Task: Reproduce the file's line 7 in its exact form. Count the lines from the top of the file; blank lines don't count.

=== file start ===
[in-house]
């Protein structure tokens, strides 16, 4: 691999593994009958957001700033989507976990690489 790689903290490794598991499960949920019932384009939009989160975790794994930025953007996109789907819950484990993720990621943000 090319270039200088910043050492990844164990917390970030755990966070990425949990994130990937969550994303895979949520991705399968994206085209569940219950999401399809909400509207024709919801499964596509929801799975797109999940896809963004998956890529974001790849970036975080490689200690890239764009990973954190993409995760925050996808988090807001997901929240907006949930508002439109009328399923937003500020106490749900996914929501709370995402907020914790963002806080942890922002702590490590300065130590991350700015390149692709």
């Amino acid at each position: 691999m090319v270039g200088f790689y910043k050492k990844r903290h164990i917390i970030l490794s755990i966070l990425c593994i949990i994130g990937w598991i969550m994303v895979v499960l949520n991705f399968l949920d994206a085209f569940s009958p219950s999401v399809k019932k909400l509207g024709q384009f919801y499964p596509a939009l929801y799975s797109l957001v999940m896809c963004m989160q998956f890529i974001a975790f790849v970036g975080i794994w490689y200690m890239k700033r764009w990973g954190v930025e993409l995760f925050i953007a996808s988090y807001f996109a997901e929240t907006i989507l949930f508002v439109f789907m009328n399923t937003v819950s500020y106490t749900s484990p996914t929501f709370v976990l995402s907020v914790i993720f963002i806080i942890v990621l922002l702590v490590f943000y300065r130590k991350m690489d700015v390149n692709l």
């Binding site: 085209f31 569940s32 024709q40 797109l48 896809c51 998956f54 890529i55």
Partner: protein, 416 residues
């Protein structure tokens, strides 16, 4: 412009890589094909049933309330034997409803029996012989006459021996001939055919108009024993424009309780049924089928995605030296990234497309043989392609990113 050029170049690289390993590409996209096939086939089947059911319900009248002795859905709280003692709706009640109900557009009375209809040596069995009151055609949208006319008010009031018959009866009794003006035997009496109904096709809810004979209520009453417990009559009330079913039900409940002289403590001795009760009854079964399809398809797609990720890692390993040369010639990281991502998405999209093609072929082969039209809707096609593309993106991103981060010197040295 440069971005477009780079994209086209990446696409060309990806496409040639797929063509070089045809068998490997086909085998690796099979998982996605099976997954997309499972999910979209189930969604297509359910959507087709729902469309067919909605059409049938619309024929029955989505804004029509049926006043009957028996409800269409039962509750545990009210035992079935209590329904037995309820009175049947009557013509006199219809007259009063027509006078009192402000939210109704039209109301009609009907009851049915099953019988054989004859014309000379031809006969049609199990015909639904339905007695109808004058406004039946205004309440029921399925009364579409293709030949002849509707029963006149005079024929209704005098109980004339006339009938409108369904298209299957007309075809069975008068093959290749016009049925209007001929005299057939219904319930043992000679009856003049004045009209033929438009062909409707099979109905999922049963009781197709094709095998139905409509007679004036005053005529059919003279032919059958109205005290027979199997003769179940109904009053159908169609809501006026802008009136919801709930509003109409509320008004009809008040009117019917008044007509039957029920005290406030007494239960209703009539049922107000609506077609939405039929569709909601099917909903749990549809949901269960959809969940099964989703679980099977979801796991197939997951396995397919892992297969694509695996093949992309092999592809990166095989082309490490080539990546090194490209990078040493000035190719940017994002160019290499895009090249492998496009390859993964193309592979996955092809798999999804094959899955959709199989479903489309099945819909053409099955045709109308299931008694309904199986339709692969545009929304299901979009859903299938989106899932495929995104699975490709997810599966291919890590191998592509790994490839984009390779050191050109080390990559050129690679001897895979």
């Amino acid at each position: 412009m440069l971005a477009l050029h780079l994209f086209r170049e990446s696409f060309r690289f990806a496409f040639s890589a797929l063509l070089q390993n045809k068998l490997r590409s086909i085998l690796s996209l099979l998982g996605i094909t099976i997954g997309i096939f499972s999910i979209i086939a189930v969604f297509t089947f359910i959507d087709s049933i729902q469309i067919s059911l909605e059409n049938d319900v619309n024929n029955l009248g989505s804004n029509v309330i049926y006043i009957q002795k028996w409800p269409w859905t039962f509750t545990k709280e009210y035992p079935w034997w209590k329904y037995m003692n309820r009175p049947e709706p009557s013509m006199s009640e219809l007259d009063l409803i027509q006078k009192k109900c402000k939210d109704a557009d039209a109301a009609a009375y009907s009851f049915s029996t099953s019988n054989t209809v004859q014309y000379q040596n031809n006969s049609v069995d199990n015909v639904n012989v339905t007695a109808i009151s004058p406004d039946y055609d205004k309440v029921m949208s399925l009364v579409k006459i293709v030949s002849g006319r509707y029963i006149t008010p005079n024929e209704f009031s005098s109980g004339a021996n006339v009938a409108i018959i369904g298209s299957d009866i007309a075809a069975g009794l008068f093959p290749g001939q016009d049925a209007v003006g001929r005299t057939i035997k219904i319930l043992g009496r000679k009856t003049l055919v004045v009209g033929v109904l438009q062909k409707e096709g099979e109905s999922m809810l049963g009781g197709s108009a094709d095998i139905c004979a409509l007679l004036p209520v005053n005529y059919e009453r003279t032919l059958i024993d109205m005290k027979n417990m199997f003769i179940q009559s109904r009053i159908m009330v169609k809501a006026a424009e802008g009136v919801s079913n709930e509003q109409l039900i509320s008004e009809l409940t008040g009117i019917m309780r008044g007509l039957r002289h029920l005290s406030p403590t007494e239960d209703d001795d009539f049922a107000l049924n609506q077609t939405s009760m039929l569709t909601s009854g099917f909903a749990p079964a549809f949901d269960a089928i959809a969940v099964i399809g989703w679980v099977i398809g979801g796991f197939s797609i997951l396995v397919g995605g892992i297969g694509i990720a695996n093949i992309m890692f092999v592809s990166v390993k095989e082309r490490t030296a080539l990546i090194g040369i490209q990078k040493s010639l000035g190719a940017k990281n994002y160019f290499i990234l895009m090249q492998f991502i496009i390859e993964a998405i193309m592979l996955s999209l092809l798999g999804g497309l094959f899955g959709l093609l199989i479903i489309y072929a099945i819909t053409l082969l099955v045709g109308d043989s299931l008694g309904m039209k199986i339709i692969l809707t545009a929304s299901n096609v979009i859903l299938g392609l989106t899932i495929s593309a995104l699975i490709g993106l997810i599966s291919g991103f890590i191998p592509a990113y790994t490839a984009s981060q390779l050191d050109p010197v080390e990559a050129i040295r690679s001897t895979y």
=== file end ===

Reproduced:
């Amino acid at each position: 412009m440069l971005a477009l050029h780079l994209f086209r170049e990446s696409f060309r690289f990806a496409f040639s890589a797929l063509l070089q390993n045809k068998l490997r590409s086909i085998l690796s996209l099979l998982g996605i094909t099976i997954g997309i096939f499972s999910i979209i086939a189930v969604f297509t089947f359910i959507d087709s049933i729902q469309i067919s059911l909605e059409n049938d319900v619309n024929n029955l009248g989505s804004n029509v309330i049926y006043i009957q002795k028996w409800p269409w859905t039962f509750t545990k709280e009210y035992p079935w034997w209590k329904y037995m003692n309820r009175p049947e709706p009557s013509m006199s009640e219809l007259d009063l409803i027509q006078k009192k109900c402000k939210d109704a557009d039209a109301a009609a009375y009907s009851f049915s029996t099953s019988n054989t209809v004859q014309y000379q040596n031809n006969s049609v069995d199990n015909v639904n012989v339905t007695a109808i009151s004058p406004d039946y055609d205004k309440v029921m949208s399925l009364v579409k006459i293709v030949s002849g006319r509707y029963i006149t008010p005079n024929e209704f009031s005098s109980g004339a021996n006339v009938a409108i018959i369904g298209s299957d009866i007309a075809a069975g009794l008068f093959p290749g001939q016009d049925a209007v003006g001929r005299t057939i035997k219904i319930l043992g009496r000679k009856t003049l055919v004045v009209g033929v109904l438009q062909k409707e096709g099979e109905s999922m809810l049963g009781g197709s108009a094709d095998i139905c004979a409509l007679l004036p209520v005053n005529y059919e009453r003279t032919l059958i024993d109205m005290k027979n417990m199997f003769i179940q009559s109904r009053i159908m009330v169609k809501a006026a424009e802008g009136v919801s079913n709930e509003q109409l039900i509320s008004e009809l409940t008040g009117i019917m309780r008044g007509l039957r002289h029920l005290s406030p403590t007494e239960d209703d001795d009539f049922a107000l049924n609506q077609t939405s009760m039929l569709t909601s009854g099917f909903a749990p079964a549809f949901d269960a089928i959809a969940v099964i399809g989703w679980v099977i398809g979801g796991f197939s797609i997951l396995v397919g995605g892992i297969g694509i990720a695996n093949i992309m890692f092999v592809s990166v390993k095989e082309r490490t030296a080539l990546i090194g040369i490209q990078k040493s010639l000035g190719a940017k990281n994002y160019f290499i990234l895009m090249q492998f991502i496009i390859e993964a998405i193309m592979l996955s999209l092809l798999g999804g497309l094959f899955g959709l093609l199989i479903i489309y072929a099945i819909t053409l082969l099955v045709g109308d043989s299931l008694g309904m039209k199986i339709i692969l809707t545009a929304s299901n096609v979009i859903l299938g392609l989106t899932i495929s593309a995104l699975i490709g993106l997810i599966s291919g991103f890590i191998p592509a990113y790994t490839a984009s981060q390779l050191d050109p010197v080390e990559a050129i040295r690679s001897t895979y």